Lexington County Council is mulling a ballot referendum to let voters decide whether to approve a one-cent sales tax increase that members hope will be targeted for infrastructure. The council’s wish list includes a lot of road improvements, though 26 public entities have drawn up infrastructure and other priorities, should the tax pass. But some Lexington County residents are working to stop the tax—dubbed Penny for Progress—before the election in November.
The county is paying the Columbia-based consulting firm, Alliance Consulting Engineers $450,000 in one-time money the state allocated to the county for doing the legwork on the projects being submitted—139 submissions and with them, approximately 400 individual projects, to date. Those submissions represent approximately $670 million worth of projects.
Alliance’s agreement with the county dictates the firm can’t handle more than 10 percent of the projects resulting from the tax revenue, according to Ryan Slattery, the firm’s project manager on the penny tax. Slattery expects the final ballot list will be completed by May 12.
But one taxpayer watchdog group wants to stop the council from ever placing the issue on the ballot. “They need to better manage the tax money they already collect instead of trying to raise more money,” says Talbert Black, a South Carolina political activist who heads the Lexington County Citizens Watch.
The group is canvassing and distributing palm cards to raise awareness of the issue and of what Black calls the “potential misuse of the tax money.” And an online petition encourages people to let their council member know they want to stop the tax.
County Council Chairman Johnny Jeffcoat says if the people don’t vote for it, that’s okay. “We’re not trying to push anything on anybody,” he says.
Like Black, Mike Green, of West Columbia, opposes the tax. He gave the only public comment at a Penny for Progress Commission meeting on Wednesday. He spoke in opposition to a $16.7 million water park targeted for the Town of Springdale. “It is not the purpose of government to build water parks,” said Green. He opposes the tax overall, but said if it does pass, it should be used on roads and infrastructure only.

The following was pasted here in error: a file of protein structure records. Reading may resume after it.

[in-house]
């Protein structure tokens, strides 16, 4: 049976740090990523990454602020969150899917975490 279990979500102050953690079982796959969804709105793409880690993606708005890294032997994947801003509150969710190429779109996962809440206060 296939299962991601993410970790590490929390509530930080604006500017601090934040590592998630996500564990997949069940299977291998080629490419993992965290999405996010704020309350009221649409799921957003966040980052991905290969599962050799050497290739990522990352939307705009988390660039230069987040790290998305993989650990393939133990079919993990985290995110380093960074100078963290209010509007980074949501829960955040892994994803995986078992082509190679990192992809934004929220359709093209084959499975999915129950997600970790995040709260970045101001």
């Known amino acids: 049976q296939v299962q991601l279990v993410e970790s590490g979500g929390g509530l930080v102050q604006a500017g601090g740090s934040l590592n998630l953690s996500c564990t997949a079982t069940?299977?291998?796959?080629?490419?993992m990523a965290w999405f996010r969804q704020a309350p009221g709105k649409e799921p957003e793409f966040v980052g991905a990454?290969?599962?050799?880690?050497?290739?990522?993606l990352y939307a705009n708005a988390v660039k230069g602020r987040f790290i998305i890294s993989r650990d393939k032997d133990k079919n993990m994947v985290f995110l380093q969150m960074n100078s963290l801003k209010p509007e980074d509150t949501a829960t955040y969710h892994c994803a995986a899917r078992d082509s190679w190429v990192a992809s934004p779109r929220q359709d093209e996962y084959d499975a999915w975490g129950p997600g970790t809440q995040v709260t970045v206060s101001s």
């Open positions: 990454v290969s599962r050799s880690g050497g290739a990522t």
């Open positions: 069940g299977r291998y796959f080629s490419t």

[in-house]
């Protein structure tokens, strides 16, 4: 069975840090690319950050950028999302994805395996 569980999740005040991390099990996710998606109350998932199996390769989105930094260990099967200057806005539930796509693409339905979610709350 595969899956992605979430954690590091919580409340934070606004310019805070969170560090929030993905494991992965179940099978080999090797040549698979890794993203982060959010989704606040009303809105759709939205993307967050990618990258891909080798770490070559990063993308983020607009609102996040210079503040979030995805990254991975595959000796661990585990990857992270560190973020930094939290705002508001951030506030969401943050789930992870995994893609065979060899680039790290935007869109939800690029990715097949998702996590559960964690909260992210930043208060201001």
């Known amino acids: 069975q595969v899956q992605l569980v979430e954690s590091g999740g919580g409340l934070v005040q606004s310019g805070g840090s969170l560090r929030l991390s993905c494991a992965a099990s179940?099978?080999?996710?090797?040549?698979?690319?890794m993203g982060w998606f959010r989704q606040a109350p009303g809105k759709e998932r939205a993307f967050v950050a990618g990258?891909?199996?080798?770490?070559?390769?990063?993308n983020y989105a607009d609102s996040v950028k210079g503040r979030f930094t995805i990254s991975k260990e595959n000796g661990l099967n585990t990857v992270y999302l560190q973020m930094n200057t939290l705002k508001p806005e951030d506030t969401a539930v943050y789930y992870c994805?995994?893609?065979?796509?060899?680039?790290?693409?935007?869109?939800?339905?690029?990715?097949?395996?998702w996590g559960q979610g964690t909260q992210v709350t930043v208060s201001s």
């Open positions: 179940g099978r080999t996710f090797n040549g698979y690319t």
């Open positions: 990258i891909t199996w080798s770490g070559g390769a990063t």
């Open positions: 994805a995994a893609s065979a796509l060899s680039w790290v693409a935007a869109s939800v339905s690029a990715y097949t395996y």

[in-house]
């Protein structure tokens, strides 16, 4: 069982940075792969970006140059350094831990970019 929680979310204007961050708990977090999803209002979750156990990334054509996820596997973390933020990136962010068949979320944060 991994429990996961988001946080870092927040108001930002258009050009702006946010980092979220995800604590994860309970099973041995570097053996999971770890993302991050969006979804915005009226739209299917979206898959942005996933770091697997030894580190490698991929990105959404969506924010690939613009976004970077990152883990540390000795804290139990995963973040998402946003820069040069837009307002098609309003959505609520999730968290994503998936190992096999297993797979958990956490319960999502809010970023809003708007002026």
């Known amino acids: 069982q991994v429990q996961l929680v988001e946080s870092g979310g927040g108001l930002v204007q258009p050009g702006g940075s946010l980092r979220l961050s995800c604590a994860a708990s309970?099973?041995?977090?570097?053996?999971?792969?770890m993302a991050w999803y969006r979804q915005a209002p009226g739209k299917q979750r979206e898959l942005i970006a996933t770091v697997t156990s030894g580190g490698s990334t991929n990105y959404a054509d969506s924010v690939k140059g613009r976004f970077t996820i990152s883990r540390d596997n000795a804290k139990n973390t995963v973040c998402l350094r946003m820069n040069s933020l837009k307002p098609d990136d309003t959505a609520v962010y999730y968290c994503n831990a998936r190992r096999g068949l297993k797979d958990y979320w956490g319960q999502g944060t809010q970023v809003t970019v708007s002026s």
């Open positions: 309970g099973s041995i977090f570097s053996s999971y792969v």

Slattery says the water park is near the bottom of the Commission’s priority list—the body is responsible for deciding which projects the county will fund in case the tax passes.
The tax is estimated to bring in $290 million over the course of the first eight years, after which voters will have to decide whether to re-approve it. The Commission is composing a list of projects costing approximately $260 million, with an additional $90 million contingent projects list in case the tax brings in additional revenue or some projects come in under budget.
Commission Chairman Mike Crapps, of Lexington, says most of the requests are for roads, sewer, wastewater and other infrastructure. He will base his votes on community
impact. “I think the process that we’ve gone through is a good process,” he says, “a very democratic process.”
Regardless of public opinion on the tax, the demand for road improvements is there. Jeffcoat says the county gets approximately 100 calls per day complaining about the roads. That number jumps to 300 when the area experiences bad weather. The county owns approximately 650 miles of dirt roads and paves only two to three miles per year, says Jeffcoat.
Critics of the tax cite the approximately $127 million in general and other funds in the county’s reserves last year. But county administrator, Joe Mergo says that figure doesn’t paint the whole picture. “Obviously our fund balance has a huge bearing on our bond rating.”
Of the approximately $75 million in the general fund, Mergo estimates the county needs to keep $10 million to $15 million on-hand in case of emergencies to prevent getting a negative bond rating. Approximately $2 million is set aside for inventory such as office supplies and supplies needed for maintaining the county fleet, and the county must keep approximately $30 million on-hand for other appropriations, says Mergo. The remainder—approximately $43 million—in the county’s general fund affects the bond rating.
A solid rating from agencies like Moody’s is essential to borrowing at lower interest rates. And Mergo says a good rating is important when the county takes out loans to lay roads and prepare shovel-ready sites for economic development parks. Mergo thinks the county’s fund balance is about what it should be based on appropriations. As for the approximately $52 million in other funds, most of that money is tied to specific revenue funds, state mandates and grants. It pays for the library system, the solicitor’s office, school resource officers and other needs. And since much of the money is granted, expenditures can’t be changed.
Mergo’s take on whether the county has the money to improve the roads? “We just don’t.” He says the county has built those reserves up over the past 20 years. It would take 135 years at current funding levels to address road improvements, he says.
Jeffcoat agrees. “If we had the money, we wouldn’t be asking people.”
But Black has heard those arguments before. “They never seem to have enough money.”